There are many scenes of doctors practicing acupuncture and brewing herbal medicines. There are some scenes of Hojun and his teacher doing ¡°sucking medicine¡± on great welts on some patient¡¯s body, which may have a shamanic origin. There are many occasions for doctors to group around making diagnosis while only Hojun, with the greatest humility, comes up with the right one. Many dramas unfold around Hojun staying constantly at someone¡¯s bedside in order to cure some almost impossible disease.
The most riveting of all situations is where HoJjn¡¯s revered teacher goes off secretly alone to a cave to prepare his death. Discovering this, Hojun, the Buddhist monk, and the wild hermit go to the caveonly to discover that the great medical doctor and teacher had committed suicide, but had left a will asking that Hojun perform an operation on his body to find out what kind of cancer had killed him. This was a traumatic moment for Hojun because in Korean Confucian society, the body was never to be cut open. This was certainly one of the great secrets that Hojun learned in his long apprenticeship with his teachers, but it taxed his will to the limit to perform the operation and draw the evidence on paper for future study. Revealing this secret to the doctor¡¯s son was even more fuel for his animosity and jealousy, who, along with Hojun, eventually became physicians in the Royal palace.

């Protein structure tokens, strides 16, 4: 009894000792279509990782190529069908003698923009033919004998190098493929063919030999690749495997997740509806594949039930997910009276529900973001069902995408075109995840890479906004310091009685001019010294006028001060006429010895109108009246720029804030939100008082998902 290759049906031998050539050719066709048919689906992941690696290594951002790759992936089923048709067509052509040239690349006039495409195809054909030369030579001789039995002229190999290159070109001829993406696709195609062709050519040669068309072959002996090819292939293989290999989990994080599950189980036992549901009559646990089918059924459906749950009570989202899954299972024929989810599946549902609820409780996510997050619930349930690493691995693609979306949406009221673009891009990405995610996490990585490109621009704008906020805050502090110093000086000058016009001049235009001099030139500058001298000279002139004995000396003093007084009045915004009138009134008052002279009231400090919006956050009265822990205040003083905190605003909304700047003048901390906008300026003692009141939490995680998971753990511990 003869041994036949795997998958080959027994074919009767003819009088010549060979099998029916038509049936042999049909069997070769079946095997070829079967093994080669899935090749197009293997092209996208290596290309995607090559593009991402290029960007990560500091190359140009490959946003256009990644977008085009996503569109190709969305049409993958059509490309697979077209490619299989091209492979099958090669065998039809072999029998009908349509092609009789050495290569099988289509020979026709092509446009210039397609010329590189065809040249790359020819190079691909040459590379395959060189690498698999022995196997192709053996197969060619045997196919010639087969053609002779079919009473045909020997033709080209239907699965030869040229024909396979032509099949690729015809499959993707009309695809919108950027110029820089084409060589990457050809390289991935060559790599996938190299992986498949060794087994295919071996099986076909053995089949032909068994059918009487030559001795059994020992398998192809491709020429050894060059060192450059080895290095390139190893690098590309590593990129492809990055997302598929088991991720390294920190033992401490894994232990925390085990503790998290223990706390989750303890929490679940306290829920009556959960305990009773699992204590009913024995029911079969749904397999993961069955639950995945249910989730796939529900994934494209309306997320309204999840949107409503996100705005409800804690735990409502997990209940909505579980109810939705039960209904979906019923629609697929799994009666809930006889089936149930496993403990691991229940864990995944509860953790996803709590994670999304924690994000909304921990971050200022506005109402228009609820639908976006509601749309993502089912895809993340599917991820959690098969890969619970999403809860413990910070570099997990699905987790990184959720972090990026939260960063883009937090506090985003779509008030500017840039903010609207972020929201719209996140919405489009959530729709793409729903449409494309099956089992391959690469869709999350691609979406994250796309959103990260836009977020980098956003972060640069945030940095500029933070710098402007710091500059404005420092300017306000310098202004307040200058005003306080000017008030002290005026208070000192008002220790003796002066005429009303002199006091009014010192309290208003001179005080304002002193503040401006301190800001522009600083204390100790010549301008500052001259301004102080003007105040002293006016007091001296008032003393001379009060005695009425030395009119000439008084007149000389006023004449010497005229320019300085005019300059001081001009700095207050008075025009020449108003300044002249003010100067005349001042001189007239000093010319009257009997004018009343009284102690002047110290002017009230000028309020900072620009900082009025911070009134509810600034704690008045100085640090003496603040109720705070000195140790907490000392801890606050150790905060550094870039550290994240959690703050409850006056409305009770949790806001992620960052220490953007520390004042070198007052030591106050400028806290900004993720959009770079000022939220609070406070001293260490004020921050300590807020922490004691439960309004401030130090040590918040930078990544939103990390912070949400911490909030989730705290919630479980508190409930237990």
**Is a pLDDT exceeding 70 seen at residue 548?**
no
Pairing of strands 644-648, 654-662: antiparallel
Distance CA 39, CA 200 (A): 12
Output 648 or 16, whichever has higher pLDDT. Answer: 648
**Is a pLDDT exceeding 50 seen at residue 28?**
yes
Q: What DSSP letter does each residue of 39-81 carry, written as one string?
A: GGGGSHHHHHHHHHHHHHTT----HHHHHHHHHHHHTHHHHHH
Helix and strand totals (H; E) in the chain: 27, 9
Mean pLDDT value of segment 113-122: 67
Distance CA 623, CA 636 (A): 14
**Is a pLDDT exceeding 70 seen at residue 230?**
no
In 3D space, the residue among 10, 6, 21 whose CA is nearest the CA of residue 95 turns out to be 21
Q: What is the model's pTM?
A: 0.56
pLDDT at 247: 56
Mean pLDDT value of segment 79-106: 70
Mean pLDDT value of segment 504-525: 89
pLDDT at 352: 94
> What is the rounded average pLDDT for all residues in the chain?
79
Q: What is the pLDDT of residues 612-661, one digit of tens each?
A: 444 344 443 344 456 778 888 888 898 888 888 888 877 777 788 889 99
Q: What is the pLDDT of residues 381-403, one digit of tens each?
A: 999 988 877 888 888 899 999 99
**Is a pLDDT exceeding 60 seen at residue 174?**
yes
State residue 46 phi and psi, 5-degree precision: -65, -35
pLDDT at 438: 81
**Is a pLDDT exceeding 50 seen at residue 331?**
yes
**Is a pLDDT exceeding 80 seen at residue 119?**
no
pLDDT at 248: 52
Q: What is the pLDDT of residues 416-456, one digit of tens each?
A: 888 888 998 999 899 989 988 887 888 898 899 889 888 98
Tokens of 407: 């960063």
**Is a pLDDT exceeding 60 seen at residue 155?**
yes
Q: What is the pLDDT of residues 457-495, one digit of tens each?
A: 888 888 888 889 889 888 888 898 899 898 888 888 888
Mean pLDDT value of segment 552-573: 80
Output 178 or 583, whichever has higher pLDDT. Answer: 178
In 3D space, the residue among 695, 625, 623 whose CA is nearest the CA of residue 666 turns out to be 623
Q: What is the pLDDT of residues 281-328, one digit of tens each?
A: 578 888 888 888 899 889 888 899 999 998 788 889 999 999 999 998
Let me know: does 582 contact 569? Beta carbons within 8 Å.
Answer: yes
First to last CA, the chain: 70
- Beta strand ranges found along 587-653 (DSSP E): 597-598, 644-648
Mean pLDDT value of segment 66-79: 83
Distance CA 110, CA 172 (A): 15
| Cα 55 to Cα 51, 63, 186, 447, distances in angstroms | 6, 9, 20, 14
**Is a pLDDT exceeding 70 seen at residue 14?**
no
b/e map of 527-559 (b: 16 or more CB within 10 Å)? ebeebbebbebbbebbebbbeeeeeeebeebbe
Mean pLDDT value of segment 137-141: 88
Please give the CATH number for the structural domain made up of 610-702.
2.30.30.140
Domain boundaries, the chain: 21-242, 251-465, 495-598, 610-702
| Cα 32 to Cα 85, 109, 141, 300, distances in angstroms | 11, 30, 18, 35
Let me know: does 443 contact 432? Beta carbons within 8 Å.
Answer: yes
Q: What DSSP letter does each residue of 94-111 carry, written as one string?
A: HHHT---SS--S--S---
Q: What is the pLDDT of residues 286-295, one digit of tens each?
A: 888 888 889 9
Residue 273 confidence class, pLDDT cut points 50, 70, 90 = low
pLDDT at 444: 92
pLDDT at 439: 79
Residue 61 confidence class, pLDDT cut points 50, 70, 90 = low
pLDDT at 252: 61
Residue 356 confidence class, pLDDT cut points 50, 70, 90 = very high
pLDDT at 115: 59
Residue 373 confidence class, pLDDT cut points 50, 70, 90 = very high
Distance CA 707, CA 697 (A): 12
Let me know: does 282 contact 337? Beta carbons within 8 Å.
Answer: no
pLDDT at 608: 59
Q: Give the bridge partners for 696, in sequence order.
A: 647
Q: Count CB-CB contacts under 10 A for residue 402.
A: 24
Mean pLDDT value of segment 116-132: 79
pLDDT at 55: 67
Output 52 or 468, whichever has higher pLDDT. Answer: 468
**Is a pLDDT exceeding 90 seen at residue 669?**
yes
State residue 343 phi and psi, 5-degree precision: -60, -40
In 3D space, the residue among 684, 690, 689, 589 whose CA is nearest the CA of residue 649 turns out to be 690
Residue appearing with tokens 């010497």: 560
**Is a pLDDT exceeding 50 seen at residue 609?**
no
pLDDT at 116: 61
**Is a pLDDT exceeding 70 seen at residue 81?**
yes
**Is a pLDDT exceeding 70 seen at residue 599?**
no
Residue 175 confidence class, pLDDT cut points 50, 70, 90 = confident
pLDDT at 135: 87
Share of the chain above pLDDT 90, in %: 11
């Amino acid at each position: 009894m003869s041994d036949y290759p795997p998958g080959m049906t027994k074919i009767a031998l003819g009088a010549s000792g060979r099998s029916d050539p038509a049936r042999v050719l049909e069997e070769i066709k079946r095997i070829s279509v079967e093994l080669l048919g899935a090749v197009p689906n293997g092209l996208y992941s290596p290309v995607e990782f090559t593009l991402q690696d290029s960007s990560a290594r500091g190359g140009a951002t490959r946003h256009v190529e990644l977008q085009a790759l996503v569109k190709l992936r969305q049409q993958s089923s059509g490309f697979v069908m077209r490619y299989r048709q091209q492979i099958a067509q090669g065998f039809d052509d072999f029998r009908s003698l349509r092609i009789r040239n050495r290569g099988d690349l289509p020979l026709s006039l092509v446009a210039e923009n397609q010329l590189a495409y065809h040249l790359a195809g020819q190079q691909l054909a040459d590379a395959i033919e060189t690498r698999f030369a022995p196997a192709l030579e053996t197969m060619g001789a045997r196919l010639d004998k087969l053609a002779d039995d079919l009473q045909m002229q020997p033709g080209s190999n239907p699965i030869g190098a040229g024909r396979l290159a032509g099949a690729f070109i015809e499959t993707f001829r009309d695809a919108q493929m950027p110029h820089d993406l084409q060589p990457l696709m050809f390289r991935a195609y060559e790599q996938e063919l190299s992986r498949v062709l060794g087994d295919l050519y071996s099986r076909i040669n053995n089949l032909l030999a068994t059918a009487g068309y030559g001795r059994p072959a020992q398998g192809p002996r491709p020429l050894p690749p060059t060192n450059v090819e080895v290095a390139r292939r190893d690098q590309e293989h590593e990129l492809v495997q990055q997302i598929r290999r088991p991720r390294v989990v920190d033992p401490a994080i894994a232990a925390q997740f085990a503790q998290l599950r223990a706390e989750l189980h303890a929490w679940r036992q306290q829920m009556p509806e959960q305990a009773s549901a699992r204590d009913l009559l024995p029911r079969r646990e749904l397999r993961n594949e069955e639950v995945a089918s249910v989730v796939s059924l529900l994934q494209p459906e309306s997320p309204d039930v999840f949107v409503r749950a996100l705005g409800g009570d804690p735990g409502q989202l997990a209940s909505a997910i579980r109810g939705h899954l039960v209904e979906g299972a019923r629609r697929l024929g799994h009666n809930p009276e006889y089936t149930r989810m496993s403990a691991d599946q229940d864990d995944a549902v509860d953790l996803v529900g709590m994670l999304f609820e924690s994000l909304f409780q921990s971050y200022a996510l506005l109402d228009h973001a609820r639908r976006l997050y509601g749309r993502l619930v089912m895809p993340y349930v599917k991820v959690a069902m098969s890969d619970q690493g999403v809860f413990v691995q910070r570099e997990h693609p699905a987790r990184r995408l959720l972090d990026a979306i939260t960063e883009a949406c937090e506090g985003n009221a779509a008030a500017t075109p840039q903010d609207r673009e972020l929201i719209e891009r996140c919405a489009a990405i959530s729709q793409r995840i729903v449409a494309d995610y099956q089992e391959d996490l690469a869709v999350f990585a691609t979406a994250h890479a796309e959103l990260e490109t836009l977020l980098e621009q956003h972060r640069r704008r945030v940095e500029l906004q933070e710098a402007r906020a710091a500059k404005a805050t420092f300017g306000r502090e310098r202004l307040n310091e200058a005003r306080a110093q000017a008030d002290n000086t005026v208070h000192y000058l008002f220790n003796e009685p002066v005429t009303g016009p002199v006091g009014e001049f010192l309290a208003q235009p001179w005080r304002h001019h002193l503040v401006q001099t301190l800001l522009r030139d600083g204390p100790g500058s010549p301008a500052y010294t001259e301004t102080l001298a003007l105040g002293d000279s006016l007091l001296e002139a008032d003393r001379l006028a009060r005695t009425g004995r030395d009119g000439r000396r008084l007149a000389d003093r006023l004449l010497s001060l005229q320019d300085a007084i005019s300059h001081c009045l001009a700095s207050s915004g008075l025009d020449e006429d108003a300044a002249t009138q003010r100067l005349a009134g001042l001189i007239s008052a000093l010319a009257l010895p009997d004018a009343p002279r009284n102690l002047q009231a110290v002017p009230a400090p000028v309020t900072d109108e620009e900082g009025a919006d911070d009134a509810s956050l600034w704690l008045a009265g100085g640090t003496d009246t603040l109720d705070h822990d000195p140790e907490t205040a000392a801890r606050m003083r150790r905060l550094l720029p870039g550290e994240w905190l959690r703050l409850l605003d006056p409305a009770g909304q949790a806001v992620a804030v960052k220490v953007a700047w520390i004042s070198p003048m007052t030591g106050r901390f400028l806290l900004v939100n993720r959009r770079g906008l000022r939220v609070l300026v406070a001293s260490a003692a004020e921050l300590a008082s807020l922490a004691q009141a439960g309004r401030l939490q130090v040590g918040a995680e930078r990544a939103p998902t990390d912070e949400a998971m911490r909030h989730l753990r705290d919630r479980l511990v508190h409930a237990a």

One hour of the TV drama goes by and we get a preview of the next day¡¯s episodes, just enough to whet the curiosity. What will happen? I think the program is one of the most popular on Korean television with the general public, which bodes well for Korean television viewers who have so much light hearted fluff to view most days. The Hojun series is very illuminating about Korea and I can¡¯t wait to see how it ends, now that Hojun has finally been recognized in the Royal Court as the greatest physician in history after being on the bottom for so long.
Michael Wilson bio for Ho Jun article
Michael J. Wilson has studied Tibetan Buddhism for
over 18 years. He has been to Nepal and India on
Tibetan Buddhist pilgrimages three times where he
supports Tibetan refugees. He taught English in Korea
for almost four years from 1996, chosing Korea in order to study its
Buddhist traditions. Now in Canada, he hopes to
integrate his Korean family of three into Canadian
society. He studied Korean culture and language with great enthusiasm
and has a deep respect for the beauty and sacredness
of Korea's religious traditions.